Japan’s Treacherous Bureaucrats

La cinglante défaite subie par le parti libéral-démocrate (PLD) du Premier ministre Shinzo Abe lors des récentes élections sénatoriales a été largement commentée par les médias japonais. Mais avec un peu de recul, on peut se rendre compte que le véritable vainqueur n’est ni le parti démocrate du Japon (PDJ), ni les électeurs. Non, ce sont les bureaucrates qui fêtent leur victoire.

L’objectif de ces mandarins retranchés est de bloquer le projet de réforme de la fonction publique souhaitée par le Premier ministre, afin de prévenir le parachutage des fonctionnaires dans des emplois lucratifs une fois en retraite, dans des entreprises publiques et privées qu’ils étaient auparavant chargés de réglementer. Les bureaucrates veulent aussi empêcher le dé8emantèlement et la privatisation d’un de leurs fiefs principaux, l’Agence de la sécurité sociale. Dans ce but, ils se sont alliés au PDJ, de manière apparente du moins, parce que celui-ci a proposé de fusionner les services de la sécurité sociale avec ceux du Trésor public, une manœuvre qui garantirait des postes gouvernementaux aux anciens employés de la sécurité sociale.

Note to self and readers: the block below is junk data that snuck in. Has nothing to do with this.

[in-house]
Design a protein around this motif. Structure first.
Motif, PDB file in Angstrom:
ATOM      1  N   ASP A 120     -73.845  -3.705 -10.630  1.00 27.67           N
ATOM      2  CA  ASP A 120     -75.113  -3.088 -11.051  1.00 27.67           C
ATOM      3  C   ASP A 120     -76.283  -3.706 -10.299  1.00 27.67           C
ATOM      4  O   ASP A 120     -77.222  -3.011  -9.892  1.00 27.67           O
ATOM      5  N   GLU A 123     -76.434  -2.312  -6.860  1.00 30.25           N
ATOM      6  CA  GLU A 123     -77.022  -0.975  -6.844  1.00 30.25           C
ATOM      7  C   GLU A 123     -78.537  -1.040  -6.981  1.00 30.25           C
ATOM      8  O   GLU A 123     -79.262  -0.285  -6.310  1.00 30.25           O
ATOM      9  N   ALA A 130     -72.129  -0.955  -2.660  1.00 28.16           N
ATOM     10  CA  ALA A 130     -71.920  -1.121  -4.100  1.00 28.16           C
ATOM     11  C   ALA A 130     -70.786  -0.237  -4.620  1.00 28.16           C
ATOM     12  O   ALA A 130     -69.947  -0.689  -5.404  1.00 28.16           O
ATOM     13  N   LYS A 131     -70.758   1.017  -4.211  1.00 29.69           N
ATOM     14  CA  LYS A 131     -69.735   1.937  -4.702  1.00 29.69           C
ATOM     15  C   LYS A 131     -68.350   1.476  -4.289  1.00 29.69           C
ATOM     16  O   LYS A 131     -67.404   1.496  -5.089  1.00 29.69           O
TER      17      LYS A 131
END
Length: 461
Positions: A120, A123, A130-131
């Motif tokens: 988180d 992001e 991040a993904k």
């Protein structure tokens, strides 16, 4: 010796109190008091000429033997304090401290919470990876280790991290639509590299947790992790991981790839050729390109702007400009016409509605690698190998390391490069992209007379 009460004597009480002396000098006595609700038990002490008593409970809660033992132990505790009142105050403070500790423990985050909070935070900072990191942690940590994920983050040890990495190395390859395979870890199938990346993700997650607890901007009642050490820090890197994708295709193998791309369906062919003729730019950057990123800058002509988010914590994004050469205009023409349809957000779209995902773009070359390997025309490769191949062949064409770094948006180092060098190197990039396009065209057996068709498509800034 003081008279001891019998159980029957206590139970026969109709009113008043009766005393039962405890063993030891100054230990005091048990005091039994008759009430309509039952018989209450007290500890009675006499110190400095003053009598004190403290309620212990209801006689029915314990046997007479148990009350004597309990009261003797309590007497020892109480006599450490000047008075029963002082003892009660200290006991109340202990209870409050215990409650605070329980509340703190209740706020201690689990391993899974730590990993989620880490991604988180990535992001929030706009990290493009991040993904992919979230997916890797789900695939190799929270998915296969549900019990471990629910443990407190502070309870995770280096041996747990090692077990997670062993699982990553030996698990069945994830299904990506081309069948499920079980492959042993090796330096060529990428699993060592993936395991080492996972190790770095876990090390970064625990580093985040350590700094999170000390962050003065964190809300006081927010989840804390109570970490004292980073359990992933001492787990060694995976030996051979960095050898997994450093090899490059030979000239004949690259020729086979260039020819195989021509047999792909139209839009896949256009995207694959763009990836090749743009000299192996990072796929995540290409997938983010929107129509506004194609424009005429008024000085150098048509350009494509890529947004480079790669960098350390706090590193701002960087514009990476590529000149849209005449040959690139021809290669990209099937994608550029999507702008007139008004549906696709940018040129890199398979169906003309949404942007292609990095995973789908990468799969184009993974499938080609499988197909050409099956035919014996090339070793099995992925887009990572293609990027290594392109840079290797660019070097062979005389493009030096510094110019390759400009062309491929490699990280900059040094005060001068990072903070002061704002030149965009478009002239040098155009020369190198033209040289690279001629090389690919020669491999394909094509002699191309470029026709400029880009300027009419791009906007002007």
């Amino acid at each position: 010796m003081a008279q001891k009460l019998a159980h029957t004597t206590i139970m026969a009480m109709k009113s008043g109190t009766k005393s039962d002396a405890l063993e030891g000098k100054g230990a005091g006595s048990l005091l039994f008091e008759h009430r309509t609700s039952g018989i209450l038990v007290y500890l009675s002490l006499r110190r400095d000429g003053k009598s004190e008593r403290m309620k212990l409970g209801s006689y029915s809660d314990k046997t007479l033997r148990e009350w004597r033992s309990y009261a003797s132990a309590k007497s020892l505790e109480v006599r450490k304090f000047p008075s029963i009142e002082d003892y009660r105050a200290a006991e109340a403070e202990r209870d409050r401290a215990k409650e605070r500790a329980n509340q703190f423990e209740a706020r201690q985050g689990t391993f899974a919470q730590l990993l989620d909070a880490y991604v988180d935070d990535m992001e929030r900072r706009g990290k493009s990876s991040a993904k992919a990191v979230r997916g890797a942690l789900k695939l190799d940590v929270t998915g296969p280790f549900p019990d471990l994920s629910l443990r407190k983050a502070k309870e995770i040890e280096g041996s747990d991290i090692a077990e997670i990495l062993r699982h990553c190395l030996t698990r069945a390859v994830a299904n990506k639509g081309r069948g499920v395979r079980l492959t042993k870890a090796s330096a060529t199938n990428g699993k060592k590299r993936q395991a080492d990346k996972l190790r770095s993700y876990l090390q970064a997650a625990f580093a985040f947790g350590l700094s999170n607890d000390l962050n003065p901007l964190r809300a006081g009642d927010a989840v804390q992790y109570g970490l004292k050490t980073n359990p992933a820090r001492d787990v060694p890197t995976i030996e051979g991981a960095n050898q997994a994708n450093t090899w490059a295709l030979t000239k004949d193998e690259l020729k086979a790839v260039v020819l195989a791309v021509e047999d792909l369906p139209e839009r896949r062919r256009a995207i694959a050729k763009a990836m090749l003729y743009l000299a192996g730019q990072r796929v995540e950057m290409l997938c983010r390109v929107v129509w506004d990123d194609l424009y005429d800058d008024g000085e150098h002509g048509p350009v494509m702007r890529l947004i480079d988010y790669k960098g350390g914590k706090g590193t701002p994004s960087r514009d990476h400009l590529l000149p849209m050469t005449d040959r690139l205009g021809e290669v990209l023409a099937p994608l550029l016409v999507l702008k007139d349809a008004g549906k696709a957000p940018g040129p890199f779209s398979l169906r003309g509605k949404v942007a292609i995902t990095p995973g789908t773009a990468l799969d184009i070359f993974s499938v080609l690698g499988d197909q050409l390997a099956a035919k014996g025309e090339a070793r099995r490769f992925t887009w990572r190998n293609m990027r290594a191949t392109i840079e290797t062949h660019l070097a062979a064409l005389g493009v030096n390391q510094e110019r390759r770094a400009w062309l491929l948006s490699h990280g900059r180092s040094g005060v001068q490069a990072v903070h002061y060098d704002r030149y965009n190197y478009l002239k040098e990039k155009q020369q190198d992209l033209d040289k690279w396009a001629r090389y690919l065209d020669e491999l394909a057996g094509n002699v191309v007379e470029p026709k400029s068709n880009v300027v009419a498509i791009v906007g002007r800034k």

Le consensus veut que la déroute électorale du PLD soit essentiellement due à la mauvaise gestion par Abe du problème des fonds de pension, et en particulier au fait qu’il ait avoué en décembre dernier la « disparition » de 50 millions de dossiers de retraite. Cet aveu suivait une série quasi ininterrompue de scandales mineurs concernant la malversation de fonds politiques, qui ont conduit à la démission de deux ministres et au suicide d’un autre.

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